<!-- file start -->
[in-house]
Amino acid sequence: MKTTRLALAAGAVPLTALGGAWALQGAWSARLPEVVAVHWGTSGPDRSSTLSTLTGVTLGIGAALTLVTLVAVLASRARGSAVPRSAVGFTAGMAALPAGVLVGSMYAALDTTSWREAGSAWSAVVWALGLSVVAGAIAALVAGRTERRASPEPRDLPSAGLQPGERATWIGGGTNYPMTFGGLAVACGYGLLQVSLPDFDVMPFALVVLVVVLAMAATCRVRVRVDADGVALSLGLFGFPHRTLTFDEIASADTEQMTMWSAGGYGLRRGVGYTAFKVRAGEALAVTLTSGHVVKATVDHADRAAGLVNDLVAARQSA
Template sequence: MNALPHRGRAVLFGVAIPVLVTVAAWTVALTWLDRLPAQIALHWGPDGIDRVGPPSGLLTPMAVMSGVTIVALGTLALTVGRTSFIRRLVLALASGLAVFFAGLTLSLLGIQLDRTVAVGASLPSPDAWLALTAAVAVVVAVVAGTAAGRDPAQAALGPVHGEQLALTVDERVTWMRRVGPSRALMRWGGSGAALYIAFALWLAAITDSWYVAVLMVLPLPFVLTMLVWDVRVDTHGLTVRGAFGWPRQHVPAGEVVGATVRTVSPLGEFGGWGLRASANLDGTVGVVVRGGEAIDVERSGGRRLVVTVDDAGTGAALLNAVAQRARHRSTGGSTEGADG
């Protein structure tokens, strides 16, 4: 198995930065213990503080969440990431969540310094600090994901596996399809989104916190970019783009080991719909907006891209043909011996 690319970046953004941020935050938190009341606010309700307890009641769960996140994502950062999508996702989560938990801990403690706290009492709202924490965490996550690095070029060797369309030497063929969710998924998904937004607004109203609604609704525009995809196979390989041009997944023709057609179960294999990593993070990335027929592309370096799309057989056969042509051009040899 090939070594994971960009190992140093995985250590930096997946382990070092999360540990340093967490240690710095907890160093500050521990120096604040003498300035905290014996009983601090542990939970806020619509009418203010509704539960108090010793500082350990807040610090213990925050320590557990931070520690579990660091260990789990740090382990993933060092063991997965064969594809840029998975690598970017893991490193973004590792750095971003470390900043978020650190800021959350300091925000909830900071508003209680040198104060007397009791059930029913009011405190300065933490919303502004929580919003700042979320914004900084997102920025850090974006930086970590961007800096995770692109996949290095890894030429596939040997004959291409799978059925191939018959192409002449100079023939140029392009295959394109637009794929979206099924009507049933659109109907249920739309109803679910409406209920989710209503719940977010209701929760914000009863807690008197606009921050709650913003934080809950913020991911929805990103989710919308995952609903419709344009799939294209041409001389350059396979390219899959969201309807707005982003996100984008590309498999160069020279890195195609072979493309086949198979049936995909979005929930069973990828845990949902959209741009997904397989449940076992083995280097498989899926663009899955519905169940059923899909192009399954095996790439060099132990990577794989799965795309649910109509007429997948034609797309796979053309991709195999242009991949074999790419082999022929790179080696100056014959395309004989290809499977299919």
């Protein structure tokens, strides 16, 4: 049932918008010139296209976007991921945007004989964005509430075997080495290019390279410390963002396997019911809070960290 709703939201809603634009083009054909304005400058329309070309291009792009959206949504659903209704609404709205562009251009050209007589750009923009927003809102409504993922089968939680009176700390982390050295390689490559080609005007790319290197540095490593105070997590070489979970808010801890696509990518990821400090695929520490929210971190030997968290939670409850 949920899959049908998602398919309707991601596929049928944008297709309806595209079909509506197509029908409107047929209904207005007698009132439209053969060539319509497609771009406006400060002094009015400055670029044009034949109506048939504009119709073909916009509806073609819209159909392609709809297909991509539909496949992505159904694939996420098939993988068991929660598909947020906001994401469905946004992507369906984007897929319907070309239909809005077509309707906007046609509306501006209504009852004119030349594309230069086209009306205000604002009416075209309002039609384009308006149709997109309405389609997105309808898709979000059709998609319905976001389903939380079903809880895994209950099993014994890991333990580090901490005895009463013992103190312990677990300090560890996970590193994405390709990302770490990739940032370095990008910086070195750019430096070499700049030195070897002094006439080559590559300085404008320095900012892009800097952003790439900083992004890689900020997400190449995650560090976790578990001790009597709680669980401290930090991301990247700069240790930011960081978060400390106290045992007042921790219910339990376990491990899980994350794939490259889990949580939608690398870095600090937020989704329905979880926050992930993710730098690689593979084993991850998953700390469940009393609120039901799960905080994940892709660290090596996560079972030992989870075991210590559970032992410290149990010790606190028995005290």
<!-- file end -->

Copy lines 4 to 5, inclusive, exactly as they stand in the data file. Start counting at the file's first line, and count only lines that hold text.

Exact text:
């Protein structure tokens, strides 16, 4: 198995930065213990503080969440990431969540310094600090994901596996399809989104916190970019783009080991719909907006891209043909011996 690319970046953004941020935050938190009341606010309700307890009641769960996140994502950062999508996702989560938990801990403690706290009492709202924490965490996550690095070029060797369309030497063929969710998924998904937004607004109203609604609704525009995809196979390989041009997944023709057609179960294999990593993070990335027929592309370096799309057989056969042509051009040899 090939070594994971960009190992140093995985250590930096997946382990070092999360540990340093967490240690710095907890160093500050521990120096604040003498300035905290014996009983601090542990939970806020619509009418203010509704539960108090010793500082350990807040610090213990925050320590557990931070520690579990660091260990789990740090382990993933060092063991997965064969594809840029998975690598970017893991490193973004590792750095971003470390900043978020650190800021959350300091925000909830900071508003209680040198104060007397009791059930029913009011405190300065933490919303502004929580919003700042979320914004900084997102920025850090974006930086970590961007800096995770692109996949290095890894030429596939040997004959291409799978059925191939018959192409002449100079023939140029392009295959394109637009794929979206099924009507049933659109109907249920739309109803679910409406209920989710209503719940977010209701929760914000009863807690008197606009921050709650913003934080809950913020991911929805990103989710919308995952609903419709344009799939294209041409001389350059396979390219899959969201309807707005982003996100984008590309498999160069020279890195195609072979493309086949198979049936995909979005929930069973990828845990949902959209741009997904397989449940076992083995280097498989899926663009899955519905169940059923899909192009399954095996790439060099132990990577794989799965795309649910109509007429997948034609797309796979053309991709195999242009991949074999790419082999022929790179080696100056014959395309004989290809499977299919």
């Protein structure tokens, strides 16, 4: 049932918008010139296209976007991921945007004989964005509430075997080495290019390279410390963002396997019911809070960290 709703939201809603634009083009054909304005400058329309070309291009792009959206949504659903209704609404709205562009251009050209007589750009923009927003809102409504993922089968939680009176700390982390050295390689490559080609005007790319290197540095490593105070997590070489979970808010801890696509990518990821400090695929520490929210971190030997968290939670409850 949920899959049908998602398919309707991601596929049928944008297709309806595209079909509506197509029908409107047929209904207005007698009132439209053969060539319509497609771009406006400060002094009015400055670029044009034949109506048939504009119709073909916009509806073609819209159909392609709809297909991509539909496949992505159904694939996420098939993988068991929660598909947020906001994401469905946004992507369906984007897929319907070309239909809005077509309707906007046609509306501006209504009852004119030349594309230069086209009306205000604002009416075209309002039609384009308006149709997109309405389609997105309808898709979000059709998609319905976001389903939380079903809880895994209950099993014994890991333990580090901490005895009463013992103190312990677990300090560890996970590193994405390709990302770490990739940032370095990008910086070195750019430096070499700049030195070897002094006439080559590559300085404008320095900012892009800097952003790439900083992004890689900020997400190449995650560090976790578990001790009597709680669980401290930090991301990247700069240790930011960081978060400390106290045992007042921790219910339990376990491990899980994350794939490259889990949580939608690398870095600090937020989704329905979880926050992930993710730098690689593979084993991850998953700390469940009393609120039901799960905080994940892709660290090596996560079972030992989870075991210590559970032992410290149990010790606190028995005290």